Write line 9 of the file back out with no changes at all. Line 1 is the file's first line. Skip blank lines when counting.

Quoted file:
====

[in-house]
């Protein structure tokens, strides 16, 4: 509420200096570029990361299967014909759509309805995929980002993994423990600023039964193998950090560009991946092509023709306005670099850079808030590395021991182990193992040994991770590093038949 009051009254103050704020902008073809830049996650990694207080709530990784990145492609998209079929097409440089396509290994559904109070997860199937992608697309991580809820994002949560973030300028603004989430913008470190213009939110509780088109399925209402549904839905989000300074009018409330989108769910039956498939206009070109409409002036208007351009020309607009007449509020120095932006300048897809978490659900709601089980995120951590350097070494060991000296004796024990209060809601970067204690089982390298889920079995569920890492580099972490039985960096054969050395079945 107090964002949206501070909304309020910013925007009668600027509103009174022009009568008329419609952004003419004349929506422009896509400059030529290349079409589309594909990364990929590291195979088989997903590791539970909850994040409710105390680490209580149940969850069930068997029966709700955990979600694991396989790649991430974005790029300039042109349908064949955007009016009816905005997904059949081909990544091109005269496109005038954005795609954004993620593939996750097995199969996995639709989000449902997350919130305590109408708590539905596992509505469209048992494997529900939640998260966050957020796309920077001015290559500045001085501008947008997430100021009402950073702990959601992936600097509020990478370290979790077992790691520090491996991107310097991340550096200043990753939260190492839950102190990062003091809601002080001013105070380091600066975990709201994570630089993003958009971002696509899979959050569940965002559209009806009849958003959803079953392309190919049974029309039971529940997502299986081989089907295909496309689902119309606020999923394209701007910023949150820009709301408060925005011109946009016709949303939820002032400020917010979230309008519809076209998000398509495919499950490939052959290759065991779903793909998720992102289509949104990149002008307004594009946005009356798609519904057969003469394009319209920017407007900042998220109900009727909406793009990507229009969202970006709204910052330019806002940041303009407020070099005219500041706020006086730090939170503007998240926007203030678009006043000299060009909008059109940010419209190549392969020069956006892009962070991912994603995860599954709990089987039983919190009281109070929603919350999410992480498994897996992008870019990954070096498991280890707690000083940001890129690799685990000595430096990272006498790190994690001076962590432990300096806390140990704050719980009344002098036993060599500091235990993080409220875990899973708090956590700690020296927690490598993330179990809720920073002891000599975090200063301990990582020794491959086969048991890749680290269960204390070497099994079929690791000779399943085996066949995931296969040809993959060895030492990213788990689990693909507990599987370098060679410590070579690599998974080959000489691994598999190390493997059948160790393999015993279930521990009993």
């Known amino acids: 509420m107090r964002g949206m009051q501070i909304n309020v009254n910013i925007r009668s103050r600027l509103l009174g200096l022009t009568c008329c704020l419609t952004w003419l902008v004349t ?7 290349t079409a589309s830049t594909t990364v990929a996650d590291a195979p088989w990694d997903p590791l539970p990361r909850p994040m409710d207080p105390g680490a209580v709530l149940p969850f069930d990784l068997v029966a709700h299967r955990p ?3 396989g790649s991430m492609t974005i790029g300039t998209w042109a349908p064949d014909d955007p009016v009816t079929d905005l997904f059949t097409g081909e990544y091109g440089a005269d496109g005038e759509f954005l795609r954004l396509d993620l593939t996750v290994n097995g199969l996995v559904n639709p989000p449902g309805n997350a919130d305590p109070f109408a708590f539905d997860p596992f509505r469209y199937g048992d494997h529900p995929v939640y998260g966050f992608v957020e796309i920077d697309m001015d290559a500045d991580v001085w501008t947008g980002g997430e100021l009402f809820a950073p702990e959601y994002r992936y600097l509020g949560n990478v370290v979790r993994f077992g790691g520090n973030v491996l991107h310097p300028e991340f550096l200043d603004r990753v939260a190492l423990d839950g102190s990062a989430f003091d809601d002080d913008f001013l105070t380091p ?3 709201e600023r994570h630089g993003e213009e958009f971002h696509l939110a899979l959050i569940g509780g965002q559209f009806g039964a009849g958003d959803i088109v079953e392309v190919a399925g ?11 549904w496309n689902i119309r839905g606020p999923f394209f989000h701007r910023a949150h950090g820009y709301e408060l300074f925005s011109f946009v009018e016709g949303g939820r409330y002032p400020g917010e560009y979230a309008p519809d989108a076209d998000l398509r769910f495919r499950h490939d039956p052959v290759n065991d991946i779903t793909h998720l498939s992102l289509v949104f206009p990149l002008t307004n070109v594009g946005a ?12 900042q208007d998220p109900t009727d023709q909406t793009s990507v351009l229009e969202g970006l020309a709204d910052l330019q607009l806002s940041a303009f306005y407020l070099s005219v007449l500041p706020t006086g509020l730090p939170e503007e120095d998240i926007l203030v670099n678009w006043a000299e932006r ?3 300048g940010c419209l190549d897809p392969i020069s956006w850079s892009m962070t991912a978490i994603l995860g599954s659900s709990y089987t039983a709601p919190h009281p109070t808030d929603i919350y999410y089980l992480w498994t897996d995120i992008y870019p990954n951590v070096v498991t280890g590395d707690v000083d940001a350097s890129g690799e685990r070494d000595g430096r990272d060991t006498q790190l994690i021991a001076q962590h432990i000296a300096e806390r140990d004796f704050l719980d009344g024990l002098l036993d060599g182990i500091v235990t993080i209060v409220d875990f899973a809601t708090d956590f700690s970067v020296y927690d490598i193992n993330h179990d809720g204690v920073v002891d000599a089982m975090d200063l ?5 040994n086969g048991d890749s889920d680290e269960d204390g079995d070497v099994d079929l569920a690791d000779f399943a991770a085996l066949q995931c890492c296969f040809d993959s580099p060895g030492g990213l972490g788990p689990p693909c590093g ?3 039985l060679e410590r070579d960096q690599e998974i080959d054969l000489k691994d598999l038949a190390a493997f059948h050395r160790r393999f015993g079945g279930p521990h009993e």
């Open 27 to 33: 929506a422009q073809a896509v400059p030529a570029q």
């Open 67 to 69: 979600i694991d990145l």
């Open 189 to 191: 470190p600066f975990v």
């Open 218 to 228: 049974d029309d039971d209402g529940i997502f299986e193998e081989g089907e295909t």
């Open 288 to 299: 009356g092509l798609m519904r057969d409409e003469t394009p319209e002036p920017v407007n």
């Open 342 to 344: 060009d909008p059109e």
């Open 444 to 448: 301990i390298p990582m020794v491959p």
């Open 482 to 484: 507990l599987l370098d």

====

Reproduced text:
């Open 342 to 344: 060009d909008p059109e």